I have always loved wearing hats.  I used to wear a cowboy hat that I imagined projected something like this: “Look here, pardner, I know I’m just playing because this is Queens and not the Wild West, but isn’t it fun?”  I wore a beret in France and a baseball cap at the Mets games to help me feel as though I belonged.  And once I wore a big-brimmed, slouchy hat to an interview for a glamor job, and I got hired. The hat spoke up and said things about me that were true but I felt unable to say.   

        Amazing, how the things we put on, like hats or hair color, or hair, or a new pair of boots, can seem to change not only how we see ourselves and how we imagine the world sees us, but also how we are? Despite the likelihood that all the special qualities that hat seems to promise were there all the time, it feels like magic.

        Once, when I was writing for a local paper, I decided to “try on” a new persona, as if it were a new hat. I wanted to write under another name and use another voice so I could be someone who was both me and not me.  I wondered if, under “cover” of the other name I could be someone more outspoken than I usually am, more daring, reaching further for funny ideas and great sentences and profound insights.  I wondered if, by changing my name, I could exceed my usual, everyday writing self. 

The name I invented was a reversal of my first two initials, and, for a last name, I used Kagan, a name my father’s famiy came from Russia with, two generations ago.

For two years, I “tried on” all sorts of topics as A. B. Kagan.  I wrote things about aging and living, things I found funny and not-funny…exactly as I always had. I reached for funny ideas and profound insights, and was able to grasp them about as often as I always had.  In fact, nothing changed. I did not feel freer as A.B. Kagan, and I did not write any differently or better.  People who knew me knew it was me.  “Why’d you change your name?” someone asked and I did not have a good answer.   One’s essential self is one’s essential self.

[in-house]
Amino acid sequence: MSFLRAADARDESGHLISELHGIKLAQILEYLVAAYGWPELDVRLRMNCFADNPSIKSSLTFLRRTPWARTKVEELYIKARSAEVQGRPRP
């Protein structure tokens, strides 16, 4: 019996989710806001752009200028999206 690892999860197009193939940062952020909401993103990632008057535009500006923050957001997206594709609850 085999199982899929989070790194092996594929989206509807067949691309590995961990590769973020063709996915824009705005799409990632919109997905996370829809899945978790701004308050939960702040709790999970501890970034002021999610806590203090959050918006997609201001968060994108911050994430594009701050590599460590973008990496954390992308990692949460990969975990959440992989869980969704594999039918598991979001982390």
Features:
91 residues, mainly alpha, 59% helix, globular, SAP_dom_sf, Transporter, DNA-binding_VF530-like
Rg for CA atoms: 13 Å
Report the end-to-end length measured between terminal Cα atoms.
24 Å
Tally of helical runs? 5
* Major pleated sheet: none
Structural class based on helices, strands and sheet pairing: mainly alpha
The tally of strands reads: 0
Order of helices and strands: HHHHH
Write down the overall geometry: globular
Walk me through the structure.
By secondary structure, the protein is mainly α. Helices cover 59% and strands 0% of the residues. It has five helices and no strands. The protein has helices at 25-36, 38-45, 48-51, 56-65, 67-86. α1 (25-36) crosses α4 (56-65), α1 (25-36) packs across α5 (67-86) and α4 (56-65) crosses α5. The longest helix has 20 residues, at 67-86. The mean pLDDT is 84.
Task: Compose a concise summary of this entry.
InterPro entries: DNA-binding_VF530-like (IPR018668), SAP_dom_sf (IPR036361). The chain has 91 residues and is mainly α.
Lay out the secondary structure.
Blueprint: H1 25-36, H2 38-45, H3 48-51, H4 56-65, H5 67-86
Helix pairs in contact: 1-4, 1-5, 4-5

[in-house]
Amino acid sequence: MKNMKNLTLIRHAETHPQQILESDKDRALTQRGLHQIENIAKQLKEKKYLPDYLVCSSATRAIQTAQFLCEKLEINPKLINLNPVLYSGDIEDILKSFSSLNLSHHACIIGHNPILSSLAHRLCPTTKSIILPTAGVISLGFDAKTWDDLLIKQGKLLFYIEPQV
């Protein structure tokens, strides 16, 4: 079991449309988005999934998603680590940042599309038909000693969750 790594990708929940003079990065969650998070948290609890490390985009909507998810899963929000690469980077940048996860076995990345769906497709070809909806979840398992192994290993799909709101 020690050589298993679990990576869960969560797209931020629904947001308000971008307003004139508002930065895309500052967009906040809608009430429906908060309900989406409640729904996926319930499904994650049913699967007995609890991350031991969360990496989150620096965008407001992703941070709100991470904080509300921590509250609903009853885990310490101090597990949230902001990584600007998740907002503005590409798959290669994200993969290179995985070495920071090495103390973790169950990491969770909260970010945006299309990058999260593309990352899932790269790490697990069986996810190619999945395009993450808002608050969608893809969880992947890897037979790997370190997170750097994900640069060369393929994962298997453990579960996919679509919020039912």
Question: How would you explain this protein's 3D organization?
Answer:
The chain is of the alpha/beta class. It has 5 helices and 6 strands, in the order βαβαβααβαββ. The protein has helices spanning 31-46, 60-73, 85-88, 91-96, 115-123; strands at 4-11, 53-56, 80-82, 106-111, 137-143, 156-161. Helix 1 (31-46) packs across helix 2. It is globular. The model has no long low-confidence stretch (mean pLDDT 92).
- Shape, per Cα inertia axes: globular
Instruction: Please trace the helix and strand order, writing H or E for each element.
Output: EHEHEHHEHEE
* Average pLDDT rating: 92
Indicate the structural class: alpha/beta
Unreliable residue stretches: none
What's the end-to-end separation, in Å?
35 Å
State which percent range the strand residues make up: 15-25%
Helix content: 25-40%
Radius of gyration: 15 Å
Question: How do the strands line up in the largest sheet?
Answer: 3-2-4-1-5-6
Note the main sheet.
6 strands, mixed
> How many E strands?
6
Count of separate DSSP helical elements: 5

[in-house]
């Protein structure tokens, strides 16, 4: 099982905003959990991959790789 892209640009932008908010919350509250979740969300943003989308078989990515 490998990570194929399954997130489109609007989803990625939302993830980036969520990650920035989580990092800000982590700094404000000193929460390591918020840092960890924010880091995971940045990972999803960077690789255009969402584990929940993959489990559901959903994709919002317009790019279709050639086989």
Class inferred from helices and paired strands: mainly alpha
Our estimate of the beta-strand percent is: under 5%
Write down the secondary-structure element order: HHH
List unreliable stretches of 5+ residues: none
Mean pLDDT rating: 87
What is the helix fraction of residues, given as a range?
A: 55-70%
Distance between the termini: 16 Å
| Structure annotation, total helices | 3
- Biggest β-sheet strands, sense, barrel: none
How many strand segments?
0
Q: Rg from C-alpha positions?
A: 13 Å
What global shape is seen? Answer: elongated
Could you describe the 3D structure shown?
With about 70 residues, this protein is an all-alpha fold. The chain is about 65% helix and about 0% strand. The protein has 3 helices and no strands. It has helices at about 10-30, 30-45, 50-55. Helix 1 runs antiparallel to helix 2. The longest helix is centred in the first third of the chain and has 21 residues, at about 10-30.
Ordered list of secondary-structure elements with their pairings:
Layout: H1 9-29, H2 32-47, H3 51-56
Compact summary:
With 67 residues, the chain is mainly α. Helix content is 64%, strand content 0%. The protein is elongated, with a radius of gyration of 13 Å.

Still, the issue of identity is more complicated than that.  If you are who you are – and isn’t this the stated goal for living comfortably in your own skin? – why fuss over the presentation of yourself in every day life? Why dress up for the party, or manage to wedge humble brags* into conversations even at the supermarket checkout line?  And why feel as though you owe someone consistency in your political opinions?  Walt Whitman said, “Do I contradict myself? Very well then, I contradict myself, I am large, I contain multitudes.” (another humble brag?)

With the experiment behind me, I returned to my old name and re-introduced myself to my readers. (But I won’t rule out using A.B. Kagan again, in case I ever write a novel about a stripper named Sparkle Plenty and don’t want people to know she is one of the multitude of me.)        

When I thought about doing a blog, VINEGAR MOTHER was the right hat for the occasion —  not under cover, but intent on uncovering the full range of my thought and feelings.  There are multitudes to come. This New Year one of my resolutions is to find them and share them with you.

*Humble Brag – When you tell someone you speak three languages and it is such a burden to remember to whom you are speaking. 


About betteann

Writer, teacher, cook
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  1. Julia Moed says:

    Loved the column ,as usual . Especially appreciated “humble brag”, such an apt and ept phrase. The great surprise was to find out that Sparkle Plenty had grown up to be a stripper!

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